# Using GIS to determine Average Land Distance From Equator?

How far away is the average piece of land on Earth from the equator? Put more precisely, what is the median absolute value of the latitude of landmass on Earth?

From spherical geometry, the median absolute value of latitude on the Earth's surface is 30 degrees. However, land might tend to be further or closer to the equator than this.

Note: I originally posted this in the Earth Science Stack Exchange, but this question is a better fit here instead.

• What seems to be such a simple question has had me wondering for the better part of half an hour now...It seems like you'd have to aggregate the calculation at some point, such as taking the centroid for every country, then taking the weighted average of those (absolute) latitudes, using the landmass/area as the weights. Apr 22, 2016 at 19:22
• very interesting question! This question on Physics SO seems related to this, and has some interesting links. I suppose it depends on whether or not you want to consider the height/volume of land and the geoid - to find the centre of mass - or want to treat land as a flat surface. Apr 22, 2016 at 21:29
• I was thinking of the median average longitude and not the mean, so weighted averages wouldn't work (although the mean would be interesting to calculate as well). Apr 23, 2016 at 4:23

DISCLAIMER: Please see important caveats at end of message.

SHORT ANSWER: The average absolute latitude of land on Earth is 33.2924 degrees, or about 3764 km from the equator.

The plot above shows the kilometers of land intersected by line of latitude sampled every 1.8' (6000 samples total). Some notes:

• The large bump on the left is Antarctica. As far north as $75 S {}^{\circ}$, Antarctica encircles 71.43% of the South Pole, a total of:

$(71.43 \%) \cos (-75 {}^{\circ}) (40700 km)\approx 7525 km$

• If the equator were covered with land, the graph would peak at 40700km at the equator. However, only about 21.60% of the equator is covered with land.

• The actual maximum occurs at about $30 {}^{\circ} 28' N$, where 15846 km (45.17% of this 35081 km circle) is covered by land.

Of course, you're interested in the absolute latitude:

And since you're interested in the total accumulated land measured from the equator, we "integrate" to get:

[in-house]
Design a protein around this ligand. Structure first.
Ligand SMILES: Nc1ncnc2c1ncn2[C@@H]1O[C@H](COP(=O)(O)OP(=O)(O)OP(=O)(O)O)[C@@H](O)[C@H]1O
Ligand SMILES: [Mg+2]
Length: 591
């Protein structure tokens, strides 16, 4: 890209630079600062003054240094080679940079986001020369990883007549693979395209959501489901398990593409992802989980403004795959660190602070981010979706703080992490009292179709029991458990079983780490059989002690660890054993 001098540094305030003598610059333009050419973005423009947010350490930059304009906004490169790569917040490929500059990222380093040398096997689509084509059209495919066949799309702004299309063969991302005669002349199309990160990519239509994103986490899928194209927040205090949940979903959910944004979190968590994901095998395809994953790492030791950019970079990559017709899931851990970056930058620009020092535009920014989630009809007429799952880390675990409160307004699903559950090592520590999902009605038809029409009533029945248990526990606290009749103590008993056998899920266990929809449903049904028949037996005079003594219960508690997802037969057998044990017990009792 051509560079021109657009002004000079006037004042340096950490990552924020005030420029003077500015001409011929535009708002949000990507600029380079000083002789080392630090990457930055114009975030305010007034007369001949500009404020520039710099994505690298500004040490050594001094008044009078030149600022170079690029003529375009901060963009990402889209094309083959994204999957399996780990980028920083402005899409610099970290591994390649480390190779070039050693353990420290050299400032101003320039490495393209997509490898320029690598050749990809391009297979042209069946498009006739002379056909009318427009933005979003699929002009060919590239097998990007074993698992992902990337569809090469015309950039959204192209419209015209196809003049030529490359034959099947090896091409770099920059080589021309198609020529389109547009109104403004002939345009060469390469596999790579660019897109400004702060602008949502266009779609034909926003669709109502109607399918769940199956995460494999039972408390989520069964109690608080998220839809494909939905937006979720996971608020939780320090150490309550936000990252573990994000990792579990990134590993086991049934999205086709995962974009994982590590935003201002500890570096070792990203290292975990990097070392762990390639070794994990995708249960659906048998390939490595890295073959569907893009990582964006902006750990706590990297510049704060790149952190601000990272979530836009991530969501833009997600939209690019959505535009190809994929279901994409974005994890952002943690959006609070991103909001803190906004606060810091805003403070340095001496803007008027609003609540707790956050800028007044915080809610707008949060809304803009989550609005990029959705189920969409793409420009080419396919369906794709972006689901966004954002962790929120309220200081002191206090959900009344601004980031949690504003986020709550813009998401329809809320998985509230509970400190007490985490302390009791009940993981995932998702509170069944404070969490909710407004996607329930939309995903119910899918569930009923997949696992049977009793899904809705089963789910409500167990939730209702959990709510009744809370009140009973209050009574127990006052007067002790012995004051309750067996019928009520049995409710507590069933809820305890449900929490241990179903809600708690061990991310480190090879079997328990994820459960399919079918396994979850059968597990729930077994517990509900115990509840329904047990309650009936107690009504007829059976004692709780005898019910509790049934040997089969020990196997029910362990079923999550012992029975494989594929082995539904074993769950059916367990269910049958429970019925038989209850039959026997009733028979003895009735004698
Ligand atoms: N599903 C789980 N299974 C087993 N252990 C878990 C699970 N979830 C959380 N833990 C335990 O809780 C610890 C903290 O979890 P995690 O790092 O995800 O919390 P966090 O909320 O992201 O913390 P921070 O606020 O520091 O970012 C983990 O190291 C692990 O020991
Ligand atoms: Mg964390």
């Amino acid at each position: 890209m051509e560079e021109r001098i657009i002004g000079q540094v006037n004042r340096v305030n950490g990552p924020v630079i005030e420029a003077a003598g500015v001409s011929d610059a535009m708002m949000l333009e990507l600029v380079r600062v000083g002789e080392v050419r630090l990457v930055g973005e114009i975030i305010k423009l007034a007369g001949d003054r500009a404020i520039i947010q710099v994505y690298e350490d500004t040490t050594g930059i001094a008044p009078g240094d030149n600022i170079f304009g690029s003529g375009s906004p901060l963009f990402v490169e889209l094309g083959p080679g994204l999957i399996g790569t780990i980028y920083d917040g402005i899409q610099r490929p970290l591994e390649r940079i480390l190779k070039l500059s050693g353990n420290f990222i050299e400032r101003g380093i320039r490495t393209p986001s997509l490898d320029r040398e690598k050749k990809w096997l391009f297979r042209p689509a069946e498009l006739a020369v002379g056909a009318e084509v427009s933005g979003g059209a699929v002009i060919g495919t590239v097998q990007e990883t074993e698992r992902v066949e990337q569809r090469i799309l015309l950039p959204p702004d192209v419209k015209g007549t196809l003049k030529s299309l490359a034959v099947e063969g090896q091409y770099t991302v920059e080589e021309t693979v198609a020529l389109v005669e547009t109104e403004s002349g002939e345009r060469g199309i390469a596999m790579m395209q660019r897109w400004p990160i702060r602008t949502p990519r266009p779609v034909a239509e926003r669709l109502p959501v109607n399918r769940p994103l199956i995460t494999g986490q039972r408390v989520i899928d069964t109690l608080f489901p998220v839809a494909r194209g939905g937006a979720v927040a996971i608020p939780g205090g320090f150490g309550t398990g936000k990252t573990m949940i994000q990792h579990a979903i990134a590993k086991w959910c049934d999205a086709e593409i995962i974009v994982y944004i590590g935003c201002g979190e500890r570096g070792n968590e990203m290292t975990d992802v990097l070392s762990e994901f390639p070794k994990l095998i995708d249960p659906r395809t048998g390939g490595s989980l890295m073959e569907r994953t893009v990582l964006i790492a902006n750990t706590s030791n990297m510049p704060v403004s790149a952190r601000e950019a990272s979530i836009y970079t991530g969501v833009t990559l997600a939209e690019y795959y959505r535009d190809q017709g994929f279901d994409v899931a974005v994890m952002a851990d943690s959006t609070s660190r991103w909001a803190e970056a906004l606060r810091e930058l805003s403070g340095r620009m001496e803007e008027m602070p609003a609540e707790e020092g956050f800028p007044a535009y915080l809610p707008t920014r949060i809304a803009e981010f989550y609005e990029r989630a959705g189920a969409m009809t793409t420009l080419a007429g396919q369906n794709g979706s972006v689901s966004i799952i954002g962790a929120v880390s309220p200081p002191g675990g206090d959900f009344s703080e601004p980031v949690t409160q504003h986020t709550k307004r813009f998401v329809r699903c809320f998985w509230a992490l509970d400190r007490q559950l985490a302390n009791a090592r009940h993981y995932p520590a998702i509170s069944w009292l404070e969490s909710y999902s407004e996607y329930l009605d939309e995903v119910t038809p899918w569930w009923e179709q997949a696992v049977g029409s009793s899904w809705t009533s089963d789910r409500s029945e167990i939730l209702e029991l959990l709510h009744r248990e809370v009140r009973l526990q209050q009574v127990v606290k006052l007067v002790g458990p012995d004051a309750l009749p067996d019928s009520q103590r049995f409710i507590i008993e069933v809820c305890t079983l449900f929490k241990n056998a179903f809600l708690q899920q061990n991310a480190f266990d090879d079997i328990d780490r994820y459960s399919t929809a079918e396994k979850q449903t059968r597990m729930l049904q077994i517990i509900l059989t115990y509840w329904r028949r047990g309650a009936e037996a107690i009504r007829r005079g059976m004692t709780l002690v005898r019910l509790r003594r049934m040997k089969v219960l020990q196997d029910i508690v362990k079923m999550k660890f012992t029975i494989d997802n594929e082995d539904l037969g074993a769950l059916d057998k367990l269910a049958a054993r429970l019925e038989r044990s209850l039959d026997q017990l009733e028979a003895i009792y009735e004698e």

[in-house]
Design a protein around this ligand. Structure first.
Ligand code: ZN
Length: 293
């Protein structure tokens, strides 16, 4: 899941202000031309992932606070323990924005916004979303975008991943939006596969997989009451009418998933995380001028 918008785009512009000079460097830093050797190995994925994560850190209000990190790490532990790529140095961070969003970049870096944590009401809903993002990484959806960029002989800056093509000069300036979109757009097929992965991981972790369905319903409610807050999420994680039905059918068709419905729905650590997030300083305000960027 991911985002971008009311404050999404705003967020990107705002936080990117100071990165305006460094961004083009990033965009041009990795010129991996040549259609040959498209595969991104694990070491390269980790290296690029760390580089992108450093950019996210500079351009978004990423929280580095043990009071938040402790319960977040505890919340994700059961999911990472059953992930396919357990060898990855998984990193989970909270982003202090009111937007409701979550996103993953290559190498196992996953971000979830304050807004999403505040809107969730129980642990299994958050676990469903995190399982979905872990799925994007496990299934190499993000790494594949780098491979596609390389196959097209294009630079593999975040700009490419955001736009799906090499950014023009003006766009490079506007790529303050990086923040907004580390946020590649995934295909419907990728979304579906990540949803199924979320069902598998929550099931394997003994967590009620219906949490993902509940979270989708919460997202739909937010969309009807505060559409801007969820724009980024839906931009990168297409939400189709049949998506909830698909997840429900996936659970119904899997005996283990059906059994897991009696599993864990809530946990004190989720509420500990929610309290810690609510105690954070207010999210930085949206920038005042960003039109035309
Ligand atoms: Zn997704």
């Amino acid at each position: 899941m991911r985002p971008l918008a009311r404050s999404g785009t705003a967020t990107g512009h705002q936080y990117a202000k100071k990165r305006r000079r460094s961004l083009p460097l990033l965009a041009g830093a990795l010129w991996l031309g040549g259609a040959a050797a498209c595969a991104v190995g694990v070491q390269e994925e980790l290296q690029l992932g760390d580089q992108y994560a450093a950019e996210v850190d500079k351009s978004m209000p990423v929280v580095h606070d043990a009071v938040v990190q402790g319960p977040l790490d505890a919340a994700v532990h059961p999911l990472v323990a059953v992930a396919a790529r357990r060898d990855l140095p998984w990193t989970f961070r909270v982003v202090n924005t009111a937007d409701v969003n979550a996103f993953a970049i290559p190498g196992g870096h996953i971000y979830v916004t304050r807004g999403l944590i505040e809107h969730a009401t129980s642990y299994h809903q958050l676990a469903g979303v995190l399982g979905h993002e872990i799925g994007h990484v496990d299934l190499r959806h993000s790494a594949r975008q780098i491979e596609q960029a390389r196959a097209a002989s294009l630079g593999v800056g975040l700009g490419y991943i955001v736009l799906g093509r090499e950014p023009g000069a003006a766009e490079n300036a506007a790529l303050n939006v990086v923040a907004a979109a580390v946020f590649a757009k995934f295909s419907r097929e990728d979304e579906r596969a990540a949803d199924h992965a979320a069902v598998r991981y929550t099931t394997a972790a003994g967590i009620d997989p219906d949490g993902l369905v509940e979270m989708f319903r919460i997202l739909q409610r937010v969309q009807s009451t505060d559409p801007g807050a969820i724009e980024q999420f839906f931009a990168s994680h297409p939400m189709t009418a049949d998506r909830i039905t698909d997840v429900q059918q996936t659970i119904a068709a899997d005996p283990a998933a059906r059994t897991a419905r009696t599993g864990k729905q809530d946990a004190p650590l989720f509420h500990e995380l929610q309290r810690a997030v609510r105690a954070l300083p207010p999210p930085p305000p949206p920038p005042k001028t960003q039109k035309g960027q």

which shows the answer (the precise answer earlier was computed from functions, not approximated by looking at the graph).

### Methodology and Caveats

I used Mathematica's 5743 world polygons and 232 additional Antarctica polygons to create a virtual 12000x6000 monochrome equiangular image of the world.

I never actually used the image directly, and it turns out my machine has insufficient memory to export it in any supported image format.

Here's a 1/4 size (6000x3000) version:

Note that I added a black bar near the north pole to help with scaling. My calculations ignore this bar.

I then simply counted the number of pixels per line of latitude, multiplied by the cosine of the latitude, and then by the Earth's circumference. I assumed a spherical Earth with a circumference of 40,700 km.

Since Mathematica gives world polygons to a precision of 0.0001 degrees (although they're not necessarily always accurate to the last digit), using a rasterization size of 1.8 minutes of arc (0.03 degrees) introduces rounding/pixellation errors.

My work is here:

As always, it's possible I made an error, so please doublecheck my work before using it for anything important.

As noted above, Mathematica doesn't consider Antarctica to be part of the world. There are also several other known inaccuracies in Mathematica's model of the world:

### Improvements

There are several possible improvements to this answer if anyone's interested:

• Use a more accurate set of world polygons.

• Instead of rasterizing, use the polygons themselves to determine land length per line of latitude.

• See how the results change if Antarctica is excluded.

• I was hoping to provide a map $30 {}^{\circ} 28' N$ (the latitude line with the most land), but I couldn't find a good way to create a map that was 360 degrees wide and only a few degrees high.